|Controlled by||Nazi Germany|
Stalag II-D Stargard (American named, "Camp #86") was a World War II German Army Prisoner-of-war camp located near Stargard, Pomerania (now Stargard Szczeciński, West Pomeranian Voivodeship, Poland), about 30 kilometres (19 mi) east of Stettin (Szczecin).
The camp was established on a military training ground in September 1939 to detain Polish prisoners from the German September 1939 offensive. For the first few months they lived in the open or in tents during a very cold winter, while they built the wooden and brick huts for the permanent camp. In May and June 1940 American, French, Dutch and Belgian soldiers taken prisoner during the Battle of France arrived. These were followed by Soviet prisoners from Operation Barbarossa in the summer of 1941. In September and October 1943 Italian prisoners arrived after the Italian capitulation. Canadian prisoners from the Dieppe Raid of August 1942 were transferred to Stargard from Stalag VIII-B in January 1944. The camp was liberated by the Soviet Red Army in mid-April 1945. Late arrivals were Americans, NCOs from the Battle of the Bulge, who left Stalag XIIA Limburg on January 15, 1945 by rail to arrive on January 19, 1945. Unfortunately, Polish authorities ruin all the monuments dedicated to the Soviet army to make people forget the victims of the Soviet soldiers who liberated the prisoners.
Evacuation and repatriation
The first evacuation occurred on 29 January 1945 in blizzard conditions. The count was held up the morning of the march as the MOC (Man of Confidence) was in negotiation with the Kommandant for the safety of the men who were too sick for the march. Many of the sick and infirmed were left behind in the Lazzarett (camp clinic) and were transported by rail or truck at a later date. Almost a thousand men struggled into formation. There were about five-hundred Russians, two-hundred Frenchmen, one-hundred Americans and twenty-five Canadians in the march. Other reports have the number at as many as two-thousand in the column. They were marched twenty-five or thirty kilometers that day. Then were put into a barn, under guard, and slept for the night. Every evening the guards would dump out the meal for the day on the muddy earth. Everyone would scramble for what they could get. In the morning, they were given two slices of bread, counted, and the march began again for twenty-five or thirty kilometers until they reached the next appointed village. Those who fell to the side of the road were rumored to have been shot, but were more likely to have been loaded onto the “dead cart” at the end of the column used to carry the dead, dying, and sick all piled into the cart together and carried to the next stopping point. After two, maybe three days, the column reached Settin. The sick and the dead were left at Settin while the majority of the rest were moved on to Stalag 2A, Neubrandenberg where they arrived on 7 February 1945. The eight-day total distance of the march was 70–90 miles (120-150 Kilometers).
On 25 February 1945 most of the remaining prisoners were forced to march westward in advance of the Soviet offensive and endured great hardships before they were freed by Allied troops in April 1945.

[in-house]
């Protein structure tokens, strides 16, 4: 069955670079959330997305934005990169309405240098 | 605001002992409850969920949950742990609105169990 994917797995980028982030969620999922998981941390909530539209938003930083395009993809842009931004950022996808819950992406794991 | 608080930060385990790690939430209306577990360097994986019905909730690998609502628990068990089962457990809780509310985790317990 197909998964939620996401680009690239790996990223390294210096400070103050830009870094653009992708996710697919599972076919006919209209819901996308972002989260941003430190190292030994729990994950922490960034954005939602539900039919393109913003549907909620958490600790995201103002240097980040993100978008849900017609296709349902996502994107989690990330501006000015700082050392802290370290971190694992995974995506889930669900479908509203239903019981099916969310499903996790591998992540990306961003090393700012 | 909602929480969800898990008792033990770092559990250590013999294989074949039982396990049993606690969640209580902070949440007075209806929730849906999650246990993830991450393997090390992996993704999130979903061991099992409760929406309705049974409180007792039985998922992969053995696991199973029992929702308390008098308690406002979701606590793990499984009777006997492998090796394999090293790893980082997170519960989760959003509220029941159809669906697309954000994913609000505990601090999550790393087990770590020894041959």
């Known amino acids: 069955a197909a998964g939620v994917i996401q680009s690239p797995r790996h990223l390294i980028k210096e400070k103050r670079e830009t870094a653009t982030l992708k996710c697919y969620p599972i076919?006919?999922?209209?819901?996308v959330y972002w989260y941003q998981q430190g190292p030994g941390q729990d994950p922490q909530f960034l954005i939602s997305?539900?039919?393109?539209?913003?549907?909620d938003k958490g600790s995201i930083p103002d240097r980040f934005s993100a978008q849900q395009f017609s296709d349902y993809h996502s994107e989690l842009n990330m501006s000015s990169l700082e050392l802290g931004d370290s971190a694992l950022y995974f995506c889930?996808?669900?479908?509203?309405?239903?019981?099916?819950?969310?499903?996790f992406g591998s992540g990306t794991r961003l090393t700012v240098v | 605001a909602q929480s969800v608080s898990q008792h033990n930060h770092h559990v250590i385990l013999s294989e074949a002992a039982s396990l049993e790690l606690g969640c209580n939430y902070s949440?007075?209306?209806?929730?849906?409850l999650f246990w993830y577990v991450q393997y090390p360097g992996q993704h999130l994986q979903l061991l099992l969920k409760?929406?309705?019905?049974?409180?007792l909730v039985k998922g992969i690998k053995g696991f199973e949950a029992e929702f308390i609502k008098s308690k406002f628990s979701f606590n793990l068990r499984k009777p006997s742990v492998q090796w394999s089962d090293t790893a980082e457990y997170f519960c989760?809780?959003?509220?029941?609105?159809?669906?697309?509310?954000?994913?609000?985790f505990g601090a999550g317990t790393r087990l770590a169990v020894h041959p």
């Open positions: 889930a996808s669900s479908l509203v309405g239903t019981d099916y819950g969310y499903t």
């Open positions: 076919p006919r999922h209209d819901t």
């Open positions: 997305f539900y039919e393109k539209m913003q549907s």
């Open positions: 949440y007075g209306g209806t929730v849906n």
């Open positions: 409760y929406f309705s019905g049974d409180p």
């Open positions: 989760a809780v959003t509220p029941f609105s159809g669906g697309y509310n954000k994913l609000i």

The lower ranks prisoners at this camp fared much better than those in many other camps further south. They worked predominately on farms and had the possibility to obtain better nourishment.
It was relatively easy to escape from a farm, but much more difficult to evade recapture. Prisoners working on farms did not have the essential assistance that was provided in Oflags by teams of dedicated specialists who forged documents and prepared maps. Without these it was extremely difficult to traverse hundreds of miles past frequent checks by the Nazi police.
Gabriel Regnier, a French prisoner, describes his failed attempt with a French companion on 23 March 1942. A Polish civilian worker at the farm had helped them by hiding civilian clothes for them. It was a dark night and they successfully reached a freight train that was switching cars at the station that was close to the farm. They successfully hid in one box-car full of boxes. But then the train stopped in Stettin for unloading, they switched to another car loaded with sacks of barley destined for Aachen in western Germany, which they reached four days later. There again they got out to search for a car going to the Netherlands. Unfortunately the driver of a vehicle noticed two persons moving hesitantly along the train and alerted the military police. Recaptured they were returned to Stargard and spent 24 days in solitary confinement. It could have ended much worse.
- MacKnight, George G., POW Diary.
- Burke, James H., Fünf Mann – A Prisoner of War Story. Skaneateles, New York: Meredith Press, 1999.
- Haugh, Edwin A., “At Front After 12 Years in Army, Haugh Was Captured One Week Later,” The Flash, December 2001, The 78th (Lighting) Division Veterans Association, Pittsburgh, PA.
- West, Robert P., “Captured in Kesternich,” The Flash, March 1993, The 78th (Lighting) Division Veterans Association, Pittsburgh, PA.
- Lederman, Sol, “KESTERNICH and BEYOND,” The Flash, June 1993, The 78th (Lighting) Division Veterans Association, Pittsburgh, PA.
- Tenenbaum, Leon (S/Sgt., 78th Infantry Division, 310th Infantry Battalion, Company G, 2nd Platoon), Interview by Tom MacKnight, August 10, 1999.